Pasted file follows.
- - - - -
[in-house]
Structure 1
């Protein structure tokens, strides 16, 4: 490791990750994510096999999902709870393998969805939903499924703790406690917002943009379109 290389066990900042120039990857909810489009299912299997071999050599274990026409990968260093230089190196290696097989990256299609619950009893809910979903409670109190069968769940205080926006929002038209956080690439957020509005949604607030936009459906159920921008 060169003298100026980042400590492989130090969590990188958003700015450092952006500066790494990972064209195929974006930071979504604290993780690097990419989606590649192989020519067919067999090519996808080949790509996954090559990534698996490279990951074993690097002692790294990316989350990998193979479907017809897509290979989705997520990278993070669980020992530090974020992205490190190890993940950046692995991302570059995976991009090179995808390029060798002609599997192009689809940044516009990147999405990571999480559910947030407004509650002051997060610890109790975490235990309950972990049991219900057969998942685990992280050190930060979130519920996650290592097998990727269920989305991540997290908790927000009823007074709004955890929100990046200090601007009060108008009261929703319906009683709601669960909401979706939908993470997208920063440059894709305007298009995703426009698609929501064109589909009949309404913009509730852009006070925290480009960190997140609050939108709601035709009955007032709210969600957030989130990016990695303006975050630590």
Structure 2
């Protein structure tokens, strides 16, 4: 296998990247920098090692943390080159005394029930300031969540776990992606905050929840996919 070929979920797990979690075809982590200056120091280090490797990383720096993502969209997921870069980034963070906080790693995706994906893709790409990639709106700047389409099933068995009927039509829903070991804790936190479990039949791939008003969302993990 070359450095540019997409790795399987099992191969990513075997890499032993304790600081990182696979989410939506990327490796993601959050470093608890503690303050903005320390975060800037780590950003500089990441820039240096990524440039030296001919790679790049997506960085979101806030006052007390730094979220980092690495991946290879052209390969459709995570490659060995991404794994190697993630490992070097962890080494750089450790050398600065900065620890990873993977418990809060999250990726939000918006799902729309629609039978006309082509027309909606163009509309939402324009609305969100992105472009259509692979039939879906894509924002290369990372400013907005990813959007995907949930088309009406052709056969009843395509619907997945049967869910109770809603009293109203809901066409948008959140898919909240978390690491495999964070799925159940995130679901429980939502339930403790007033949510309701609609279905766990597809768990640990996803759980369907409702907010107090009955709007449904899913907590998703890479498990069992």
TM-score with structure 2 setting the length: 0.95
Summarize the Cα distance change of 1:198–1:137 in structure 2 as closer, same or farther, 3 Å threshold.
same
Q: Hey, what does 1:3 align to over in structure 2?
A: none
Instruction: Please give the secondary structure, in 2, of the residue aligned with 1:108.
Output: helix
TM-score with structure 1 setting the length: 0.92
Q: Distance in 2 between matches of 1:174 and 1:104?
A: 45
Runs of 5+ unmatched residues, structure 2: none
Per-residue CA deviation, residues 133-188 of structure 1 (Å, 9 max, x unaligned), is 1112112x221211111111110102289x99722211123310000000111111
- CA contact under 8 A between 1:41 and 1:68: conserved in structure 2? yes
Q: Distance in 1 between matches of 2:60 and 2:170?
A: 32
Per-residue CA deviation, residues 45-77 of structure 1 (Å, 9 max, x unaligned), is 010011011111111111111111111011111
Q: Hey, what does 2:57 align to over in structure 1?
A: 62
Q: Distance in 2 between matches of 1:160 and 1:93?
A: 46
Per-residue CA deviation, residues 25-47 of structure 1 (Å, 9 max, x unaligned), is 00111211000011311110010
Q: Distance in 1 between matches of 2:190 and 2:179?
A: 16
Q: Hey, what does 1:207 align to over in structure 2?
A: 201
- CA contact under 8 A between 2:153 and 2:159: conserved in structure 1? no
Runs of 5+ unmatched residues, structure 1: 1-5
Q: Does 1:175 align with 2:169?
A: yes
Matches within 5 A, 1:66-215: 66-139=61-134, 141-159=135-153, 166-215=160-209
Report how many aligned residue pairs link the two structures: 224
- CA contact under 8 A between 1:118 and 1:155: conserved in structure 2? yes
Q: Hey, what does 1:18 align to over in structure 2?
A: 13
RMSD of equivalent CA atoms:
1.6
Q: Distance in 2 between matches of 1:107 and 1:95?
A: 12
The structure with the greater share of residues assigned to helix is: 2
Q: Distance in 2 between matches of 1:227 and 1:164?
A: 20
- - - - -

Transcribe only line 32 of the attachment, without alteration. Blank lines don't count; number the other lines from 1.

Runs of 5+ unmatched residues, structure 1: 1-5